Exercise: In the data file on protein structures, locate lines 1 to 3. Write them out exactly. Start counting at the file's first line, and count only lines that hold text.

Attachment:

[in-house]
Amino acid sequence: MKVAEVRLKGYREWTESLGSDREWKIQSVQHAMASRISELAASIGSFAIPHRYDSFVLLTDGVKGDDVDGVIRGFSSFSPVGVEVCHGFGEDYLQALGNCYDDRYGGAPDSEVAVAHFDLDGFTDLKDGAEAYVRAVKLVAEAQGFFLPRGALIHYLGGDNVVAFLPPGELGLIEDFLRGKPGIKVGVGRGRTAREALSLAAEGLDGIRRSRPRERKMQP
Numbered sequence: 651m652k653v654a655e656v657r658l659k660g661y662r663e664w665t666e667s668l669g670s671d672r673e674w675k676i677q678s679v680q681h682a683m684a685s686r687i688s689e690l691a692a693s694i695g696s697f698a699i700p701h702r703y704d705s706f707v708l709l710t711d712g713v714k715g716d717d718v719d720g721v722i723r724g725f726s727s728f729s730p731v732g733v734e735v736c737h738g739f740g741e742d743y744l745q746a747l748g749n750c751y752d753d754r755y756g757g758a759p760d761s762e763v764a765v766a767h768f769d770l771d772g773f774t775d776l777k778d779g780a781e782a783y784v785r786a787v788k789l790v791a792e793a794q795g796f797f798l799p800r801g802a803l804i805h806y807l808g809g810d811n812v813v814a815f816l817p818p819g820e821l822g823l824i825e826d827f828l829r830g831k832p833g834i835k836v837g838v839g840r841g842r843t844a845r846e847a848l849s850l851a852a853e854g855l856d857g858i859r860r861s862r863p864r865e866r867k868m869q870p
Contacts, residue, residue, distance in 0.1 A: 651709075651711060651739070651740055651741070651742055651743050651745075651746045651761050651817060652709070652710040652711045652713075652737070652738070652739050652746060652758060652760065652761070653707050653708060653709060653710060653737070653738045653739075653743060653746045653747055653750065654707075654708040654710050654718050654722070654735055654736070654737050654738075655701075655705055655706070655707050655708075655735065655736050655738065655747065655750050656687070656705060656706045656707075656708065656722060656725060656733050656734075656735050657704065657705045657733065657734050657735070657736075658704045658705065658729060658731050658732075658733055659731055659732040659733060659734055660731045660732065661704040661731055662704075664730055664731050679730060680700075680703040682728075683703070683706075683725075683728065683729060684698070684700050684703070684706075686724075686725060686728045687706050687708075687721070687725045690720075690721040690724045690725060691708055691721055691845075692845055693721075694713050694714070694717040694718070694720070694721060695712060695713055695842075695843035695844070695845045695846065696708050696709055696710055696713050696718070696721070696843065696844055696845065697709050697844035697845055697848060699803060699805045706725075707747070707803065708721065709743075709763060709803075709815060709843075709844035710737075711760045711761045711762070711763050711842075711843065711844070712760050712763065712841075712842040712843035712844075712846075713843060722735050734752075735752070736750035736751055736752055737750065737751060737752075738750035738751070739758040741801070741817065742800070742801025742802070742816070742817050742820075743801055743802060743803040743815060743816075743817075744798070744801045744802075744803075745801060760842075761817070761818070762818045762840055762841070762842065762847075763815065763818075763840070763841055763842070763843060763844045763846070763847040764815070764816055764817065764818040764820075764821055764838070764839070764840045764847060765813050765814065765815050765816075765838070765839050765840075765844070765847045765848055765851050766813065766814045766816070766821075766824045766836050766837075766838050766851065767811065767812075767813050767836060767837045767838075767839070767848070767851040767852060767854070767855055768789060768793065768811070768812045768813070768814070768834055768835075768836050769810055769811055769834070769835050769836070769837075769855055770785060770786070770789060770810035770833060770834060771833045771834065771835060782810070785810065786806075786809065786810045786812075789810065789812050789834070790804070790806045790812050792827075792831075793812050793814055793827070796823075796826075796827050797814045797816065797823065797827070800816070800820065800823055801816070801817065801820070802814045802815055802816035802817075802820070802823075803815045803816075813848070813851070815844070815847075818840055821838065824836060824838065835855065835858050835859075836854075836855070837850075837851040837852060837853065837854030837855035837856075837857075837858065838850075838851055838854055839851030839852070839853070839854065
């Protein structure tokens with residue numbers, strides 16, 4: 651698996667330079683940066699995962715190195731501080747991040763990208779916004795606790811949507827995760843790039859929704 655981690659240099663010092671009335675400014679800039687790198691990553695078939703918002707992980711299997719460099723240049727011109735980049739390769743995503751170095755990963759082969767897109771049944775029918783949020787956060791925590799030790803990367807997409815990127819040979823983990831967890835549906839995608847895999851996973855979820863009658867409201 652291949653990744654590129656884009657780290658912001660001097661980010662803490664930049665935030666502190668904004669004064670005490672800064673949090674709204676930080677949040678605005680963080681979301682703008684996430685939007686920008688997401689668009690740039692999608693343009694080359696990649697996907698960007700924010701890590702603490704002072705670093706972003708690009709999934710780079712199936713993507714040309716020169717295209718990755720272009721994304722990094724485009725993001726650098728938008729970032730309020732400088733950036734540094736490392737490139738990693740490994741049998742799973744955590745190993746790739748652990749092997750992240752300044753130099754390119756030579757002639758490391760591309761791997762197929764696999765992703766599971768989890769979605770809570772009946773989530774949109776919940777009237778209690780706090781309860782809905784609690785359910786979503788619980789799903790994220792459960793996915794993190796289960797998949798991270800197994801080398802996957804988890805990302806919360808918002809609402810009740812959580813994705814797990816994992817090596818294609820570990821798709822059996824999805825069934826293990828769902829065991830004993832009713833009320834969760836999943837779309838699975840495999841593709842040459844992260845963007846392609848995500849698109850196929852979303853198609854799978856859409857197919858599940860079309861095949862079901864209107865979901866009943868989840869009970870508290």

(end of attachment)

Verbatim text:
[in-house]
Amino acid sequence: MKVAEVRLKGYREWTESLGSDREWKIQSVQHAMASRISELAASIGSFAIPHRYDSFVLLTDGVKGDDVDGVIRGFSSFSPVGVEVCHGFGEDYLQALGNCYDDRYGGAPDSEVAVAHFDLDGFTDLKDGAEAYVRAVKLVAEAQGFFLPRGALIHYLGGDNVVAFLPPGELGLIEDFLRGKPGIKVGVGRGRTAREALSLAAEGLDGIRRSRPRERKMQP
Numbered sequence: 651m652k653v654a655e656v657r658l659k660g661y662r663e664w665t666e667s668l669g670s671d672r673e674w675k676i677q678s679v680q681h682a683m684a685s686r687i688s689e690l691a692a693s694i695g696s697f698a699i700p701h702r703y704d705s706f707v708l709l710t711d712g713v714k715g716d717d718v719d720g721v722i723r724g725f726s727s728f729s730p731v732g733v734e735v736c737h738g739f740g741e742d743y744l745q746a747l748g749n750c751y752d753d754r755y756g757g758a759p760d761s762e763v764a765v766a767h768f769d770l771d772g773f774t775d776l777k778d779g780a781e782a783y784v785r786a787v788k789l790v791a792e793a794q795g796f797f798l799p800r801g802a803l804i805h806y807l808g809g810d811n812v813v814a815f816l817p818p819g820e821l822g823l824i825e826d827f828l829r830g831k832p833g834i835k836v837g838v839g840r841g842r843t844a845r846e847a848l849s850l851a852a853e854g855l856d857g858i859r860r861s862r863p864r865e866r867k868m869q870p